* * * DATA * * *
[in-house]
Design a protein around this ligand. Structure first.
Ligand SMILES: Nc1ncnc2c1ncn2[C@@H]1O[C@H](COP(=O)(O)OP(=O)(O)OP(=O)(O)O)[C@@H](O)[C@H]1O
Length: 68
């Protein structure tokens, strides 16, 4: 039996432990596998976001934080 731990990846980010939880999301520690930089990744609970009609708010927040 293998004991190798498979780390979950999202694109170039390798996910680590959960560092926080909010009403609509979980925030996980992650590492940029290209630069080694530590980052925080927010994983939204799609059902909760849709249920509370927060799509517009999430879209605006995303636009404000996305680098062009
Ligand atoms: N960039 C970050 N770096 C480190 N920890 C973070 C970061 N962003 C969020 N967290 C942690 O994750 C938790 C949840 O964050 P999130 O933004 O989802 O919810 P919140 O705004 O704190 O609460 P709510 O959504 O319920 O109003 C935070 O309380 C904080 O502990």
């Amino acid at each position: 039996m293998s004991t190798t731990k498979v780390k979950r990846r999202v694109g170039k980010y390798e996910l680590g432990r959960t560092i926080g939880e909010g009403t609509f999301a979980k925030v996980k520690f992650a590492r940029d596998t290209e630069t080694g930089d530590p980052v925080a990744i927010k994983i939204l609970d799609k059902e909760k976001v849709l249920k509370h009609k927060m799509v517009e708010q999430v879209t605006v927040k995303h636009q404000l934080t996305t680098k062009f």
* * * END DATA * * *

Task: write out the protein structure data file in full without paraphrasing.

[in-house]
Design a protein around this ligand. Structure first.
Ligand SMILES: Nc1ncnc2c1ncn2[C@@H]1O[C@H](COP(=O)(O)OP(=O)(O)OP(=O)(O)O)[C@@H](O)[C@H]1O
Length: 68
């Protein structure tokens, strides 16, 4: 039996432990596998976001934080 731990990846980010939880999301520690930089990744609970009609708010927040 293998004991190798498979780390979950999202694109170039390798996910680590959960560092926080909010009403609509979980925030996980992650590492940029290209630069080694530590980052925080927010994983939204799609059902909760849709249920509370927060799509517009999430879209605006995303636009404000996305680098062009
Ligand atoms: N960039 C970050 N770096 C480190 N920890 C973070 C970061 N962003 C969020 N967290 C942690 O994750 C938790 C949840 O964050 P999130 O933004 O989802 O919810 P919140 O705004 O704190 O609460 P709510 O959504 O319920 O109003 C935070 O309380 C904080 O502990």
């Amino acid at each position: 039996m293998s004991t190798t731990k498979v780390k979950r990846r999202v694109g170039k980010y390798e996910l680590g432990r959960t560092i926080g939880e909010g009403t609509f999301a979980k925030v996980k520690f992650a590492r940029d596998t290209e630069t080694g930089d530590p980052v925080a990744i927010k994983i939204l609970d799609k059902e909760k976001v849709l249920k509370h009609k927060m799509v517009e708010q999430v879209t605006v927040k995303h636009q404000l934080t996305t680098k062009f």